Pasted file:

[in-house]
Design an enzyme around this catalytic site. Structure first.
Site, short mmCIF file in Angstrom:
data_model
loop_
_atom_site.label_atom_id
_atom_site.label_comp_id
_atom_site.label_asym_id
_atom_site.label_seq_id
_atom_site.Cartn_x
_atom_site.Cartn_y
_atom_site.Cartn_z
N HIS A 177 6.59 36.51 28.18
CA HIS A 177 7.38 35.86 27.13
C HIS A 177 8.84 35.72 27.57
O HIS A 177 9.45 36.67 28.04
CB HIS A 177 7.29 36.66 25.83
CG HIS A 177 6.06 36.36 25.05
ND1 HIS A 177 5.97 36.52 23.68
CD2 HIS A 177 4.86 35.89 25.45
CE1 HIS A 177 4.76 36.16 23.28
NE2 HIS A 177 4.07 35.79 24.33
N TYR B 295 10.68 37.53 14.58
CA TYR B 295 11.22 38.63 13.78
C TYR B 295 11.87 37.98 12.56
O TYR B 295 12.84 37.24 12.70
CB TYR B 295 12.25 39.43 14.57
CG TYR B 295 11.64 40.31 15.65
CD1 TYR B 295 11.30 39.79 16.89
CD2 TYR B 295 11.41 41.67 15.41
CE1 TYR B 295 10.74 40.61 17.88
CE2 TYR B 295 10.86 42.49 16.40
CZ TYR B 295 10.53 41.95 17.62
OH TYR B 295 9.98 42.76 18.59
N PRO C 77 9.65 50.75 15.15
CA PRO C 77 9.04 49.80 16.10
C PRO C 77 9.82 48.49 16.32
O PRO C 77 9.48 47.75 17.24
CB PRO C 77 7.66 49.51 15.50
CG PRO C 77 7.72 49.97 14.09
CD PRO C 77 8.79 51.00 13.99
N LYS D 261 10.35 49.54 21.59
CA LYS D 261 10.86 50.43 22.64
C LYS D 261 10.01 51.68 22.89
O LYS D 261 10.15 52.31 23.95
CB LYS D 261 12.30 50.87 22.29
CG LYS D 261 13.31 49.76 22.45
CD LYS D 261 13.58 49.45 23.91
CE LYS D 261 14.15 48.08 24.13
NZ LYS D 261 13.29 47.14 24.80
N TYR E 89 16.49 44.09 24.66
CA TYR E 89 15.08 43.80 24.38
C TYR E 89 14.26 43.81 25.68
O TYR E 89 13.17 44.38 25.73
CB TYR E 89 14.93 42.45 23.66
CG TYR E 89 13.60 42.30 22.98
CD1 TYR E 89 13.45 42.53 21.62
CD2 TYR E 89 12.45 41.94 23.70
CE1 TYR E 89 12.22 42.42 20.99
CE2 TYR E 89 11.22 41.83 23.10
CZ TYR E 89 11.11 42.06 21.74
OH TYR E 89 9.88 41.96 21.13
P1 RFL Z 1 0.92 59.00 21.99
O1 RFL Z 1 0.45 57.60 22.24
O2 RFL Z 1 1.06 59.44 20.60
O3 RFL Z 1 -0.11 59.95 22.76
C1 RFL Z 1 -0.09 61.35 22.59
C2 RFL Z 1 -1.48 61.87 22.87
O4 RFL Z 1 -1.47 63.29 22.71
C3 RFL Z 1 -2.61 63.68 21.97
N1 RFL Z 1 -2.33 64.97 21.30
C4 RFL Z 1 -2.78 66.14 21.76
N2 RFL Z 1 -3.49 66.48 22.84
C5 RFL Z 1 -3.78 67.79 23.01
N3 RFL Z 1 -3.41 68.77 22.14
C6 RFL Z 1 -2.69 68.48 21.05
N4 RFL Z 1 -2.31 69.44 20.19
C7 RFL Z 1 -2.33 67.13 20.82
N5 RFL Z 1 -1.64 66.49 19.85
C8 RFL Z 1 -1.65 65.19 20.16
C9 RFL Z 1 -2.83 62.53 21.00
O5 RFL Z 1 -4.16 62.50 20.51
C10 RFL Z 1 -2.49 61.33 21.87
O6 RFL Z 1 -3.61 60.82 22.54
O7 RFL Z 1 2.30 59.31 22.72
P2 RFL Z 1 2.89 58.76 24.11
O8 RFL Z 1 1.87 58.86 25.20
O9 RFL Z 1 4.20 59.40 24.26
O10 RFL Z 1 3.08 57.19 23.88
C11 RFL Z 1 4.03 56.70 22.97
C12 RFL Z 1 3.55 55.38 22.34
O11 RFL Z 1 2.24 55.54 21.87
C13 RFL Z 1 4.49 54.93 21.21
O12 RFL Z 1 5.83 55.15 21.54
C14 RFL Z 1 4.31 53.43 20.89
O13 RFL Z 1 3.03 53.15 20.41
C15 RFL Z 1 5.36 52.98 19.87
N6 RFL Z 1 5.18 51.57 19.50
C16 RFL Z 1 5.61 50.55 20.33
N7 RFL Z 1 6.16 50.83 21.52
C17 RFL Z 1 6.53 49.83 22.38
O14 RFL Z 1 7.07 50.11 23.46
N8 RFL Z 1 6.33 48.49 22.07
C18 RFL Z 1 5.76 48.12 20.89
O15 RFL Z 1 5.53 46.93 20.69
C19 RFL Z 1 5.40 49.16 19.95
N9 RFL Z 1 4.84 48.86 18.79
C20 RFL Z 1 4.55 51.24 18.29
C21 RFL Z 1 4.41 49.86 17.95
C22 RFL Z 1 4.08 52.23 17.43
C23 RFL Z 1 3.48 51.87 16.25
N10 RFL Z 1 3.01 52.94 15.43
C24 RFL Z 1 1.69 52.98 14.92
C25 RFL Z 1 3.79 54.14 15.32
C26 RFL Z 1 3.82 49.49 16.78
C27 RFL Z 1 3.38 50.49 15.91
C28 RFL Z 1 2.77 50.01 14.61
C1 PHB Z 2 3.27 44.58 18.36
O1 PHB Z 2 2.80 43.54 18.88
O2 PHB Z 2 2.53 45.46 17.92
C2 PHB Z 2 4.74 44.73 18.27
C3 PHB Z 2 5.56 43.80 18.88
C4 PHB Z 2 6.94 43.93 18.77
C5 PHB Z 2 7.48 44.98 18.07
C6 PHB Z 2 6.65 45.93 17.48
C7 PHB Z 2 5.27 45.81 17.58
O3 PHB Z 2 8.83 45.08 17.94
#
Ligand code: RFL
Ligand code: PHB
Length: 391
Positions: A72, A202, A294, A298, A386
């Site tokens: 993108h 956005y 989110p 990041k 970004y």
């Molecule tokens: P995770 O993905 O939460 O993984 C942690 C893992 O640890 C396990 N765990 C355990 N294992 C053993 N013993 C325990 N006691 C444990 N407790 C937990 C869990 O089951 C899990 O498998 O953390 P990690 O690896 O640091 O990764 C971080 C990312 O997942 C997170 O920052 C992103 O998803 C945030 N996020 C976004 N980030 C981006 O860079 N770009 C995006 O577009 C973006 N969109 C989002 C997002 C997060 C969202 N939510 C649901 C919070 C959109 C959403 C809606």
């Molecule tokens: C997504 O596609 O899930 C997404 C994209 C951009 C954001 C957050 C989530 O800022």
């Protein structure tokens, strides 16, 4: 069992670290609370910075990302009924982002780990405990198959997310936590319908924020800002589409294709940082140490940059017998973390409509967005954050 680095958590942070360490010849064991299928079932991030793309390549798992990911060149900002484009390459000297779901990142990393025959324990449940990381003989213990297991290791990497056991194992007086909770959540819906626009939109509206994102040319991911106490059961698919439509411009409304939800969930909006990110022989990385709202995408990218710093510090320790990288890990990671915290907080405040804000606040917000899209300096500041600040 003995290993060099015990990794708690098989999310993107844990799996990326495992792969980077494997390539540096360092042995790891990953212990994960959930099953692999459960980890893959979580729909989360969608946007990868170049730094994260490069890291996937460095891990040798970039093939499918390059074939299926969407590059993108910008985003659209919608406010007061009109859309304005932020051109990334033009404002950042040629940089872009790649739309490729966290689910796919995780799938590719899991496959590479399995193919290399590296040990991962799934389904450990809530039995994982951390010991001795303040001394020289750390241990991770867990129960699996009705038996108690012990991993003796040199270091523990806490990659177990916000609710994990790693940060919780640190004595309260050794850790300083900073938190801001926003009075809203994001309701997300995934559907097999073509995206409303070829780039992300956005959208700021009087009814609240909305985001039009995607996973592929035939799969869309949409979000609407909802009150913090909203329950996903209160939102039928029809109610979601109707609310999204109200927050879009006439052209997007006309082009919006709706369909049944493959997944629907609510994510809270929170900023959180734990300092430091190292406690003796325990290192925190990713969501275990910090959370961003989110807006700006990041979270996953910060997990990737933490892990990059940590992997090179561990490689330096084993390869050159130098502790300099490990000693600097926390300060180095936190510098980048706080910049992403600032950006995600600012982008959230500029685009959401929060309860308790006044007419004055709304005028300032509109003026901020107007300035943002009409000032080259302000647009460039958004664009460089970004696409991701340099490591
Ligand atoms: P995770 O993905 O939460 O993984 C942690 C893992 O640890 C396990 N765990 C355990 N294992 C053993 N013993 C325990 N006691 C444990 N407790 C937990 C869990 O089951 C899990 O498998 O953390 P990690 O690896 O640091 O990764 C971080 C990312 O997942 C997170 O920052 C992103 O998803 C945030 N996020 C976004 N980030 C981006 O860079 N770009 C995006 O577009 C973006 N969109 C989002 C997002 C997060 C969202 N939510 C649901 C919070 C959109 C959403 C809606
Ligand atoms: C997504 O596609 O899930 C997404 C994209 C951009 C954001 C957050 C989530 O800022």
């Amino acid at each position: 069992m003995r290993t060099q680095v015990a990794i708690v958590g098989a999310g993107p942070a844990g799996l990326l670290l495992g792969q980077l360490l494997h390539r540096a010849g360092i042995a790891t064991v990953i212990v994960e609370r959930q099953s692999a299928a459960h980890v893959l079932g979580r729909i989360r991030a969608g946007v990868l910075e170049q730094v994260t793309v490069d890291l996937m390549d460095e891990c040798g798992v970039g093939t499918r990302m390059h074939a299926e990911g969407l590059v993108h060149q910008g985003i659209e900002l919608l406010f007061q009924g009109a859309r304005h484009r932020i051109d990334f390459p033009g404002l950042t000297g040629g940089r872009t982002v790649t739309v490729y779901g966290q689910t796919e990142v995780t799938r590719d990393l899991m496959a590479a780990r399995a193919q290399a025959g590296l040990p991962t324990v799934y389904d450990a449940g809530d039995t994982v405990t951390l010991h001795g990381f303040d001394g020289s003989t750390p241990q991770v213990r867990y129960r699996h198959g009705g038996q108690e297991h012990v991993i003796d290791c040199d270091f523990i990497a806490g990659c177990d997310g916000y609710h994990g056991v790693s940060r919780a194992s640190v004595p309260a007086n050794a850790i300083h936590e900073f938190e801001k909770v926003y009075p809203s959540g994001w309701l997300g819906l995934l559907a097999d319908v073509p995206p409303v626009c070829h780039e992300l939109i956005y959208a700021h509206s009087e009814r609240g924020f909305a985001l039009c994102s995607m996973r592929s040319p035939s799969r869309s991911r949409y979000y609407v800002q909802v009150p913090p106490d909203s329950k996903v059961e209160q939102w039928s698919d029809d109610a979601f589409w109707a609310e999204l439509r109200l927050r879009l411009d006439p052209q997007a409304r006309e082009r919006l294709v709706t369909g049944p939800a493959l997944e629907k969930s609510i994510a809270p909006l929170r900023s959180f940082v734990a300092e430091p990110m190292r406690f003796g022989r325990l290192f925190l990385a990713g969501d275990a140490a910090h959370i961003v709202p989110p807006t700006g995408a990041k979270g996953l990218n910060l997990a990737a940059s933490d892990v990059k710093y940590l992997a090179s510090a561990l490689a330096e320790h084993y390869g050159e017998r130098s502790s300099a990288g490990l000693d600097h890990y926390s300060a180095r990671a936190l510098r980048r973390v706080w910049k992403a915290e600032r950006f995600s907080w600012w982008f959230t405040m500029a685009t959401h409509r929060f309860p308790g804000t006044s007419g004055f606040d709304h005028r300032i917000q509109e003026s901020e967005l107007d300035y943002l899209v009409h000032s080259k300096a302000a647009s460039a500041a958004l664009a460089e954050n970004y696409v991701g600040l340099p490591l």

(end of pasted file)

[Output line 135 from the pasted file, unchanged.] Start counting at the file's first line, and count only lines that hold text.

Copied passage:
């Molecule tokens: C997504 O596609 O899930 C997404 C994209 C951009 C954001 C957050 C989530 O800022």